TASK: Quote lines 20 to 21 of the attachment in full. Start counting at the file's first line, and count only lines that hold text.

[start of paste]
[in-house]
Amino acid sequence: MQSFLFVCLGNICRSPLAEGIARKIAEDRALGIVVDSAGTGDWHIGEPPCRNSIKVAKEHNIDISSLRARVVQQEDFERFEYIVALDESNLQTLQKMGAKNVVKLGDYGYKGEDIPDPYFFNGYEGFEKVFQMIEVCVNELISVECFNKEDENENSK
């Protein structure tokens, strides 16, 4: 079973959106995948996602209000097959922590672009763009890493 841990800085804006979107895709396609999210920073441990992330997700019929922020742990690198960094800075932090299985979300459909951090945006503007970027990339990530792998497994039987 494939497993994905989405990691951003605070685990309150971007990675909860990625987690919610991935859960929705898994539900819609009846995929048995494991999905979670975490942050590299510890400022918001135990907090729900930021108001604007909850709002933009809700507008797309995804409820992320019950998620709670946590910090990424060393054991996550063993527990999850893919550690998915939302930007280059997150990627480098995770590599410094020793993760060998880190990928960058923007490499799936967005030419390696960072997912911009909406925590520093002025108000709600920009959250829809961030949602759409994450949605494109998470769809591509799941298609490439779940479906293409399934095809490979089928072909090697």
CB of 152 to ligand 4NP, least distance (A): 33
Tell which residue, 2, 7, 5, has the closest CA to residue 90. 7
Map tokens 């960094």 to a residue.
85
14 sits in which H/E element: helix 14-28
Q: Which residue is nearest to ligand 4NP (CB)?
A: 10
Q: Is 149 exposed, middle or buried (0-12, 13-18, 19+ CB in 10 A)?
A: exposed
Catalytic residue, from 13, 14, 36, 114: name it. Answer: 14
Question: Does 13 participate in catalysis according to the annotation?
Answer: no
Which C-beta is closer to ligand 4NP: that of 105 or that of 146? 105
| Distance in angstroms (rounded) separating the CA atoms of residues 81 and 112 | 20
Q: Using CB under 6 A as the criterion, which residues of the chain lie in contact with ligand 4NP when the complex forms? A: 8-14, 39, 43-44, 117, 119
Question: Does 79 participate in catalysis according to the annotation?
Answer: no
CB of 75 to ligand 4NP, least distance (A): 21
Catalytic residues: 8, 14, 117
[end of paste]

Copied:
Answer: no
CB of 75 to ligand 4NP, least distance (A): 21